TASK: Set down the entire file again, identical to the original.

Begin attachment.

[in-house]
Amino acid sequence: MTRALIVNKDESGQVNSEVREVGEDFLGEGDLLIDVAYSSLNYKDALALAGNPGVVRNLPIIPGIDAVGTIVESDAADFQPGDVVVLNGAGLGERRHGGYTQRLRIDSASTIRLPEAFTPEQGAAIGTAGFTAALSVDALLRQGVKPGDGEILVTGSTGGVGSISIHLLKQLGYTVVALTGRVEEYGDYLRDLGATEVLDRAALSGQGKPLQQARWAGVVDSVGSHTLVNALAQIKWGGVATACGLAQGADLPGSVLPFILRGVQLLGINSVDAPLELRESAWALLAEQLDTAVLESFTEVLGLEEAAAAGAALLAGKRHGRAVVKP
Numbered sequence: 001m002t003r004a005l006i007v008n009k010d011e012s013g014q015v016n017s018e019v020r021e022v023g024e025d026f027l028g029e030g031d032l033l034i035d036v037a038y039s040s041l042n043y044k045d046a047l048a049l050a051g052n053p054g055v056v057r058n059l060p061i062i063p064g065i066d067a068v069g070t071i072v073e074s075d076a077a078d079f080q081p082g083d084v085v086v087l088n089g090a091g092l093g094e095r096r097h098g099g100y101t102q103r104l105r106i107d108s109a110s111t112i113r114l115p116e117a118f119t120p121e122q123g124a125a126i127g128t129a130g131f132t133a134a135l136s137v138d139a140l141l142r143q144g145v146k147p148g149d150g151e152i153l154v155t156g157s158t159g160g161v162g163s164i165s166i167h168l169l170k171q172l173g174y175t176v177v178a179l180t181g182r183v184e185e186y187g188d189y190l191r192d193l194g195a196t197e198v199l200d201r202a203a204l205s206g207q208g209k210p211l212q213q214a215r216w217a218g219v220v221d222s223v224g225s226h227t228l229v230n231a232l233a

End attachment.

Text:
[in-house]
Amino acid sequence: MTRALIVNKDESGQVNSEVREVGEDFLGEGDLLIDVAYSSLNYKDALALAGNPGVVRNLPIIPGIDAVGTIVESDAADFQPGDVVVLNGAGLGERRHGGYTQRLRIDSASTIRLPEAFTPEQGAAIGTAGFTAALSVDALLRQGVKPGDGEILVTGSTGGVGSISIHLLKQLGYTVVALTGRVEEYGDYLRDLGATEVLDRAALSGQGKPLQQARWAGVVDSVGSHTLVNALAQIKWGGVATACGLAQGADLPGSVLPFILRGVQLLGINSVDAPLELRESAWALLAEQLDTAVLESFTEVLGLEEAAAAGAALLAGKRHGRAVVKP
Numbered sequence: 001m002t003r004a005l006i007v008n009k010d011e012s013g014q015v016n017s018e019v020r021e022v023g024e025d026f027l028g029e030g031d032l033l034i035d036v037a038y039s040s041l042n043y044k045d046a047l048a049l050a051g052n053p054g055v056v057r058n059l060p061i062i063p064g065i066d067a068v069g070t071i072v073e074s075d076a077a078d079f080q081p082g083d084v085v086v087l088n089g090a091g092l093g094e095r096r097h098g099g100y101t102q103r104l105r106i107d108s109a110s111t112i113r114l115p116e117a118f119t120p121e122q123g124a125a126i127g128t129a130g131f132t133a134a135l136s137v138d139a140l141l142r143q144g145v146k147p148g149d150g151e152i153l154v155t156g157s158t159g160g161v162g163s164i165s166i167h168l169l170k171q172l173g174y175t176v177v178a179l180t181g182r183v184e185e186y187g188d189y190l191r192d193l194g195a196t197e198v199l200d201r202a203a204l205s206g207q208g209k210p211l212q213q214a215r216w217a218g219v220v221d222s223v224g225s226h227t228l229v230n231a232l233a